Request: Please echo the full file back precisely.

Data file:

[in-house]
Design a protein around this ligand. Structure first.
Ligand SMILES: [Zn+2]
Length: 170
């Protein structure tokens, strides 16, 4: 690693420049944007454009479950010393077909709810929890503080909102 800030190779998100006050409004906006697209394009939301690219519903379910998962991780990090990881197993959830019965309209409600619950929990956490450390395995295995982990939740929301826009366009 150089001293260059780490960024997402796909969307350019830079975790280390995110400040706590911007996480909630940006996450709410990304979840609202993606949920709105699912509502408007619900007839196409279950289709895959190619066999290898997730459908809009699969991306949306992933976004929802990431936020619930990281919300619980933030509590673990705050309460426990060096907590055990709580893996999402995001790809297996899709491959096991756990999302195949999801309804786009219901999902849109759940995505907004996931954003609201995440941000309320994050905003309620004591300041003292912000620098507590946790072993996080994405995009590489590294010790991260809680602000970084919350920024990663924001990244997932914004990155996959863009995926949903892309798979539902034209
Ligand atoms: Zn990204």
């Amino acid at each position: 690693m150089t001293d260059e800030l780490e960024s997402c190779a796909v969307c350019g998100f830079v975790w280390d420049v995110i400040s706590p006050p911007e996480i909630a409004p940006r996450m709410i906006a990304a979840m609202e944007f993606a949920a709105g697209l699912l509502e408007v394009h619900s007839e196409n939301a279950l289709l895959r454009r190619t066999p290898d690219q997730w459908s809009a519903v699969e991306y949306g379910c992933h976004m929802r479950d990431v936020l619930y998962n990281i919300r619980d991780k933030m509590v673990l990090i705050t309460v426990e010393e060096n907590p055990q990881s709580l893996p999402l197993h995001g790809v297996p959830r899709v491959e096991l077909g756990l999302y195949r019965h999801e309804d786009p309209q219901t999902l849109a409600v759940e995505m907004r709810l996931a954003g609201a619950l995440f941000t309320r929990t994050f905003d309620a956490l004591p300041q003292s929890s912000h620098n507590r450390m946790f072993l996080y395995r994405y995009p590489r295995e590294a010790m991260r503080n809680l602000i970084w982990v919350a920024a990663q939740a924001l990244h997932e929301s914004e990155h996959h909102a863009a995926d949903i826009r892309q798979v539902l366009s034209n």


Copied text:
[in-house]
Design a protein around this ligand. Structure first.
Ligand SMILES: [Zn+2]
Length: 170
């Protein structure tokens, strides 16, 4: 690693420049944007454009479950010393077909709810929890503080909102 800030190779998100006050409004906006697209394009939301690219519903379910998962991780990090990881197993959830019965309209409600619950929990956490450390395995295995982990939740929301826009366009 150089001293260059780490960024997402796909969307350019830079975790280390995110400040706590911007996480909630940006996450709410990304979840609202993606949920709105699912509502408007619900007839196409279950289709895959190619066999290898997730459908809009699969991306949306992933976004929802990431936020619930990281919300619980933030509590673990705050309460426990060096907590055990709580893996999402995001790809297996899709491959096991756990999302195949999801309804786009219901999902849109759940995505907004996931954003609201995440941000309320994050905003309620004591300041003292912000620098507590946790072993996080994405995009590489590294010790991260809680602000970084919350920024990663924001990244997932914004990155996959863009995926949903892309798979539902034209
Ligand atoms: Zn990204």
């Amino acid at each position: 690693m150089t001293d260059e800030l780490e960024s997402c190779a796909v969307c350019g998100f830079v975790w280390d420049v995110i400040s706590p006050p911007e996480i909630a409004p940006r996450m709410i906006a990304a979840m609202e944007f993606a949920a709105g697209l699912l509502e408007v394009h619900s007839e196409n939301a279950l289709l895959r454009r190619t066999p290898d690219q997730w459908s809009a519903v699969e991306y949306g379910c992933h976004m929802r479950d990431v936020l619930y998962n990281i919300r619980d991780k933030m509590v673990l990090i705050t309460v426990e010393e060096n907590p055990q990881s709580l893996p999402l197993h995001g790809v297996p959830r899709v491959e096991l077909g756990l999302y195949r019965h999801e309804d786009p309209q219901t999902l849109a409600v759940e995505m907004r709810l996931a954003g609201a619950l995440f941000t309320r929990t994050f905003d309620a956490l004591p300041q003292s929890s912000h620098n507590r450390m946790f072993l996080y395995r994405y995009p590489r295995e590294a010790m991260r503080n809680l602000i970084w982990v919350a920024a990663q939740a924001l990244h997932e929301s914004e990155h996959h909102a863009a995926d949903i826009r892309q798979v539902l366009s034209n």